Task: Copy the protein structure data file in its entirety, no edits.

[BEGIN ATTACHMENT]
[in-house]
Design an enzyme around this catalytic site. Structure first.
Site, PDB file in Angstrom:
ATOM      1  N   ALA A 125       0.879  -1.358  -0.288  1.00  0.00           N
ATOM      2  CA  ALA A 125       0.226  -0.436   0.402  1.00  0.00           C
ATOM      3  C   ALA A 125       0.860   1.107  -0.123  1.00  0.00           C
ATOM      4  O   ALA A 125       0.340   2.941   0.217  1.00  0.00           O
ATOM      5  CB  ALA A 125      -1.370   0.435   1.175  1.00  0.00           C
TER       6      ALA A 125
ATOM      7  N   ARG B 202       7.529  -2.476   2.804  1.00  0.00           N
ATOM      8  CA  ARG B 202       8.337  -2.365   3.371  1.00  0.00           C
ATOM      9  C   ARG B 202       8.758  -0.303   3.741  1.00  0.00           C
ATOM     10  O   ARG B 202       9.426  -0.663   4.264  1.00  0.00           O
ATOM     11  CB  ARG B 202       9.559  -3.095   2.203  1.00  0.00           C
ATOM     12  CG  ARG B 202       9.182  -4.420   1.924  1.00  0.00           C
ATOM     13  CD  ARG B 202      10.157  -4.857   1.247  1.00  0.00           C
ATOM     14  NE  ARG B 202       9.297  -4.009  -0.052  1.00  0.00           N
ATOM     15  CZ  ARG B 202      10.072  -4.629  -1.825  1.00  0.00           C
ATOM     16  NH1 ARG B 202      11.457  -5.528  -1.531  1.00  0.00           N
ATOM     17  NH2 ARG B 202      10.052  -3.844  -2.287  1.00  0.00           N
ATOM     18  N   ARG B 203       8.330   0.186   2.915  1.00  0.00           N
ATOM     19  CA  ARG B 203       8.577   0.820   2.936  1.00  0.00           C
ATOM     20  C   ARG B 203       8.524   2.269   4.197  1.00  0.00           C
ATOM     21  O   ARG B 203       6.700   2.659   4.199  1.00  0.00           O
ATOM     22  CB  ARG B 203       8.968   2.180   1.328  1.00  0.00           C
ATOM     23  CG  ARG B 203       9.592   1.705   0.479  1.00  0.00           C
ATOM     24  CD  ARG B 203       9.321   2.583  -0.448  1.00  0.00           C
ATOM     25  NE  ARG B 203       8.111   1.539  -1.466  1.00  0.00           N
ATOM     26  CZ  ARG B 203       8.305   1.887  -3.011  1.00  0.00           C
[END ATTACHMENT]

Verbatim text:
[in-house]
Design an enzyme around this catalytic site. Structure first.
Site, PDB file in Angstrom:
ATOM      1  N   ALA A 125       0.879  -1.358  -0.288  1.00  0.00           N
ATOM      2  CA  ALA A 125       0.226  -0.436   0.402  1.00  0.00           C
ATOM      3  C   ALA A 125       0.860   1.107  -0.123  1.00  0.00           C
ATOM      4  O   ALA A 125       0.340   2.941   0.217  1.00  0.00           O
ATOM      5  CB  ALA A 125      -1.370   0.435   1.175  1.00  0.00           C
TER       6      ALA A 125
ATOM      7  N   ARG B 202       7.529  -2.476   2.804  1.00  0.00           N
ATOM      8  CA  ARG B 202       8.337  -2.365   3.371  1.00  0.00           C
ATOM      9  C   ARG B 202       8.758  -0.303   3.741  1.00  0.00           C
ATOM     10  O   ARG B 202       9.426  -0.663   4.264  1.00  0.00           O
ATOM     11  CB  ARG B 202       9.559  -3.095   2.203  1.00  0.00           C
ATOM     12  CG  ARG B 202       9.182  -4.420   1.924  1.00  0.00           C
ATOM     13  CD  ARG B 202      10.157  -4.857   1.247  1.00  0.00           C
ATOM     14  NE  ARG B 202       9.297  -4.009  -0.052  1.00  0.00           N
ATOM     15  CZ  ARG B 202      10.072  -4.629  -1.825  1.00  0.00           C
ATOM     16  NH1 ARG B 202      11.457  -5.528  -1.531  1.00  0.00           N
ATOM     17  NH2 ARG B 202      10.052  -3.844  -2.287  1.00  0.00           N
ATOM     18  N   ARG B 203       8.330   0.186   2.915  1.00  0.00           N
ATOM     19  CA  ARG B 203       8.577   0.820   2.936  1.00  0.00           C
ATOM     20  C   ARG B 203       8.524   2.269   4.197  1.00  0.00           C
ATOM     21  O   ARG B 203       6.700   2.659   4.199  1.00  0.00           O
ATOM     22  CB  ARG B 203       8.968   2.180   1.328  1.00  0.00           C
ATOM     23  CG  ARG B 203       9.592   1.705   0.479  1.00  0.00           C
ATOM     24  CD  ARG B 203       9.321   2.583  -0.448  1.00  0.00           C
ATOM     25  NE  ARG B 203       8.111   1.539  -1.466  1.00  0.00           N
ATOM     26  CZ  ARG B 203       8.305   1.887  -3.011  1.00  0.00           C